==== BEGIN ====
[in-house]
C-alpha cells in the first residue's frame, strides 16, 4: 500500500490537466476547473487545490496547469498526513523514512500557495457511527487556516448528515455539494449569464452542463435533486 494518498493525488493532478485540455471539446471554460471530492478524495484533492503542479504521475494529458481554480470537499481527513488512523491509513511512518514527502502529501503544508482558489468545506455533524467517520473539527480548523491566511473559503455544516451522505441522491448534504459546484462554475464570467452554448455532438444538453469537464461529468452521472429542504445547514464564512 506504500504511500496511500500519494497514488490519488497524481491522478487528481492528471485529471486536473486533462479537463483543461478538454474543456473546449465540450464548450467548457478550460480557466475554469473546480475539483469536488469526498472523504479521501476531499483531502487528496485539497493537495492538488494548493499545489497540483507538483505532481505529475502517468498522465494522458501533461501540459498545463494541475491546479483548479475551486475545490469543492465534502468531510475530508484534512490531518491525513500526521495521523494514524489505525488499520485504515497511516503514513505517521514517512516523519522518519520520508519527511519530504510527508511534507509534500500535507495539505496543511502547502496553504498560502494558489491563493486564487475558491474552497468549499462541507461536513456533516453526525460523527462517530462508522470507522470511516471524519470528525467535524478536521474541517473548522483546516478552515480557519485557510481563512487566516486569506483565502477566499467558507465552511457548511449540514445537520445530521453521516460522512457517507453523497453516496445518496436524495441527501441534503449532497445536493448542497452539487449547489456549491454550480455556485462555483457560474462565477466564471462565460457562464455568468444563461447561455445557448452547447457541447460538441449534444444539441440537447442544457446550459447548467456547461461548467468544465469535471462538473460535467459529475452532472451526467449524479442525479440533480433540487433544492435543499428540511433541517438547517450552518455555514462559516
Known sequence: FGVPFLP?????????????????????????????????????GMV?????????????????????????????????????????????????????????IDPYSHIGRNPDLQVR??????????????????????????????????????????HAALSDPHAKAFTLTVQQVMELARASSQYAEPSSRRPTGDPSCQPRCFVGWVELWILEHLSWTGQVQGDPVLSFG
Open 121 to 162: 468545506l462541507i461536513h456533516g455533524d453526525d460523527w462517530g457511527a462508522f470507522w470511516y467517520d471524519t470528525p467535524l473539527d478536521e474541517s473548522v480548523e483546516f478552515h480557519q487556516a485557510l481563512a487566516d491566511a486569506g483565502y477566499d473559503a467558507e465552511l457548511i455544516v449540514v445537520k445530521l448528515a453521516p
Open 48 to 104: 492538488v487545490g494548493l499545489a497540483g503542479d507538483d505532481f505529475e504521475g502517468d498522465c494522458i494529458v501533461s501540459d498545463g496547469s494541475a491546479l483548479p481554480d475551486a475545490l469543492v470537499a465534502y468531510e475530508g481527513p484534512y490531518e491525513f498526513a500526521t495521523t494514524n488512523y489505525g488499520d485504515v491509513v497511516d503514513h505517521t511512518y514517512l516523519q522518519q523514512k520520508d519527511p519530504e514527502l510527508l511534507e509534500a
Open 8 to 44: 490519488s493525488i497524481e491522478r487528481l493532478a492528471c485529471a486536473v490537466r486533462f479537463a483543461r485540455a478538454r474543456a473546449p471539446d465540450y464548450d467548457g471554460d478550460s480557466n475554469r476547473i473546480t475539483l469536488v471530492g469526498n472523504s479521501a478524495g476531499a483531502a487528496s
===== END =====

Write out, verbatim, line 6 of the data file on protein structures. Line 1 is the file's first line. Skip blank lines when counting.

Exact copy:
Open 8 to 44: 490519488s493525488i497524481e491522478r487528481l493532478a492528471c485529471a486536473v490537466r486533462f479537463a483543461r485540455a478538454r474543456a473546449p471539446d465540450y464548450d467548457g471554460d478550460s480557466n475554469r476547473i473546480t475539483l469536488v471530492g469526498n472523504s479521501a478524495g476531499a483531502a487528496s